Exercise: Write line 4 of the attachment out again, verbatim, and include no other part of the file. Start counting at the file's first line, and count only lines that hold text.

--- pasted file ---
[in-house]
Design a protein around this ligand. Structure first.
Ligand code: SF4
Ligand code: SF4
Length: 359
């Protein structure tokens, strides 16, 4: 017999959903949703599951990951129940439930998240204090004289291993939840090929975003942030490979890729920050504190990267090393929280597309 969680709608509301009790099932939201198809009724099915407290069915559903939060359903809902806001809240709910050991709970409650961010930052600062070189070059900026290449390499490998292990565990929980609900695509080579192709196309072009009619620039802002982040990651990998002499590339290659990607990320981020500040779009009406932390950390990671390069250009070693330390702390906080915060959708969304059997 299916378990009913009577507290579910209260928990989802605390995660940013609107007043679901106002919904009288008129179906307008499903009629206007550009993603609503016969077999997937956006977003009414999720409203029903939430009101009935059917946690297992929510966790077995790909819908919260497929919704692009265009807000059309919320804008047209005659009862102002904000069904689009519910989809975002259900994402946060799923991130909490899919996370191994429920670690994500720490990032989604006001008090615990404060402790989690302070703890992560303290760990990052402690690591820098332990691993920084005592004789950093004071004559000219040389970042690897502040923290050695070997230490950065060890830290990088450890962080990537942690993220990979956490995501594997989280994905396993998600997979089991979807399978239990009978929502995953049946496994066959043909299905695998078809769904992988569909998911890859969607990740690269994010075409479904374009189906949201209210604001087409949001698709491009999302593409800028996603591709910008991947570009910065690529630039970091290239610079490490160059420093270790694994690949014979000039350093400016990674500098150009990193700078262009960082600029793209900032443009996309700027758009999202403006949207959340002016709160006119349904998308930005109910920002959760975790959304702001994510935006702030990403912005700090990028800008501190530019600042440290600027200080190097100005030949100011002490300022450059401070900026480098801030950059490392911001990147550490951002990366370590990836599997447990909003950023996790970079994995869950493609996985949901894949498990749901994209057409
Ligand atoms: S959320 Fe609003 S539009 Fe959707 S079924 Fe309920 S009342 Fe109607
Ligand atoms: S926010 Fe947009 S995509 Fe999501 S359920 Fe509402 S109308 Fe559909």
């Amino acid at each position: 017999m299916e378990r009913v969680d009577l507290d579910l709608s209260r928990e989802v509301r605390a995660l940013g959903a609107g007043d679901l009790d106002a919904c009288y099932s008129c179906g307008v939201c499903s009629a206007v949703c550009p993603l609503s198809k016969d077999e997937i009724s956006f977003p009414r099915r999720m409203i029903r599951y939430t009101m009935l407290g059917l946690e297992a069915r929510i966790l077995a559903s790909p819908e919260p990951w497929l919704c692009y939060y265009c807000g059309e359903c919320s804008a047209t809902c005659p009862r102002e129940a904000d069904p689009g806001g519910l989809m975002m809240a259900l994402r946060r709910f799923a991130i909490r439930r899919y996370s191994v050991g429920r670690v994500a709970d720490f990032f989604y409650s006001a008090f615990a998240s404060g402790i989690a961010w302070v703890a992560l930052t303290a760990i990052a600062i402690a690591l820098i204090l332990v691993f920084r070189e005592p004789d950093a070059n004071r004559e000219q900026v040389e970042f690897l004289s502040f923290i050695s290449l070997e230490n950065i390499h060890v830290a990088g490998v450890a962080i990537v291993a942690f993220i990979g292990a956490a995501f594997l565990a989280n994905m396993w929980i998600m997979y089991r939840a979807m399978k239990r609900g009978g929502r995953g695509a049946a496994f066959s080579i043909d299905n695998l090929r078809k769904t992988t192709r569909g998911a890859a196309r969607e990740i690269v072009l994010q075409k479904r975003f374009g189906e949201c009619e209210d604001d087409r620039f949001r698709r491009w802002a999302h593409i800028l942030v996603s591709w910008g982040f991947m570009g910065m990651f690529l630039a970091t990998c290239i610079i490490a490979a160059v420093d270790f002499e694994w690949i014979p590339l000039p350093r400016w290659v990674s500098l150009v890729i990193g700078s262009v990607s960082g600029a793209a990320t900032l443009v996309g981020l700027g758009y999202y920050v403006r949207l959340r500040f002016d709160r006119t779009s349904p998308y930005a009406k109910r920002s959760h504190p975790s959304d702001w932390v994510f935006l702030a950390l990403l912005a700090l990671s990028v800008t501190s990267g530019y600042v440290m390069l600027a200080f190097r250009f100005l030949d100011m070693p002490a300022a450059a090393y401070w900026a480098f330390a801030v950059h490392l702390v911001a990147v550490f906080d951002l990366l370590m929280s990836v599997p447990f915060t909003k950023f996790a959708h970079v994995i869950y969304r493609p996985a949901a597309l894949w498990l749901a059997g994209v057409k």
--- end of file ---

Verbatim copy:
Ligand code: SF4